together make up the slip system.
The slip system that operates in a given material is governed by the crystal structure and
the nature of the interatomic bonds. These are most commonly, but not always, the closest
packed planes and the closest directions within those planes.
For example, in a cubic close-packed metal, slip invariably occurs on the close-packed planes,
{111}, and in the close-packed directions in those planes, h11̄0i.
Table 1: Slip systems in some common materials
Material
fcc metals
Slip systems
{111}h11̄0i
bcc metals
{110}h11̄1i
(others occur at high T)
C, Si, Ge
(diamond structure)
{111}h11̄0i
NaCl*
{110}h11̄0i
CsCl*
{110}h001i
hcp metals
{001}h100i
(others can also occur)
* and other ionic crystals with this structure
Figure 31: Slip systems and Burgers vectors of common crystal structures
Burgers vector of a (perfect) dislocation
→ must be a lattice vector
Other defects may exist but these lead to defects
DH39
4.7
Course D: Mechanical Behaviour of Materials
DH39
Geometry of single crystal slip and Schmid’s law
If a stress is applied at an arbitrary angle to a single crystal, as shown in Fig. 32, each
available slip system will experience a resolved shear stress acting in the associated slip
plane in the slip direction.
Area (A)
slip plane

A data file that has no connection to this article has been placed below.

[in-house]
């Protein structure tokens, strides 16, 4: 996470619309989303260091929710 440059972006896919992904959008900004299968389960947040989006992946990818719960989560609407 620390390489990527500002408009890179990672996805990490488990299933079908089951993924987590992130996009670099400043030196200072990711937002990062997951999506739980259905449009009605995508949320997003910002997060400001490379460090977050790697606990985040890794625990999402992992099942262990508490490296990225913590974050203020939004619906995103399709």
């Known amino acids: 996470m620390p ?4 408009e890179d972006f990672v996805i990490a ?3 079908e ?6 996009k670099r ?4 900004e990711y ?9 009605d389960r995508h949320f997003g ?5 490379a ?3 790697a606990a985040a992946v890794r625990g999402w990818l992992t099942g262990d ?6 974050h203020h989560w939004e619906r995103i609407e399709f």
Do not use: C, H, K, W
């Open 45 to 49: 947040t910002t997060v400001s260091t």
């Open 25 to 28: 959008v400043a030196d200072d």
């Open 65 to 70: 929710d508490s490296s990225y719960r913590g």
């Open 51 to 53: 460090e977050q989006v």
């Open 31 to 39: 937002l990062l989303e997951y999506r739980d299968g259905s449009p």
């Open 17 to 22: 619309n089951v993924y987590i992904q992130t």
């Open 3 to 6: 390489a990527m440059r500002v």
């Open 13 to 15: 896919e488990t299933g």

normal (n)
Force (F)
φ
λ
slip
direction
Force (F)
Figure 32: Geometry of slip during tensile testing of a single crystal.
If the normal to the slip plane makes an angle φ with the tensile axis then the area of the
plane is A/ cos φ.
If the slip direction is at an angle of λ to the tensile axis then the resolved component of the
applied force, F , parallel to the slip direction is F cos λ.
The resolved component of the shear stress on the slip plane acting parallel to the slip direction, τR , is therefore
τR =
=
F cos λ
A/ cos φ
F
cos φ cos λ
A
(4.53)
(4.54)
For a given material we find experimentally that the value of τR at which slip occurs is constant. This value is called the critical resolved shear stress, τc . This is Schmid’s law. The
quantity cos φ cos λ is called the Schmid factor.
The relationship between the yield stress, σy , at which plastic deformation initiates and the
critical resolved shear stress is therefore
τc = σy cos φ cos λ
(4.55)
Schmid factor → Note the two cosine terms
(Both the area of the slip plane & the component of force in the slip direction change as
different slip systems are considered)
DH40
4.8
Course D: Mechanical Behaviour of Materials
DH40
Determining the operative slip systems
During deformation, all of the available slip systems will experience a resolved shear stress.
As the critical resolved shear stress is the same for all slip systems, so we would expect the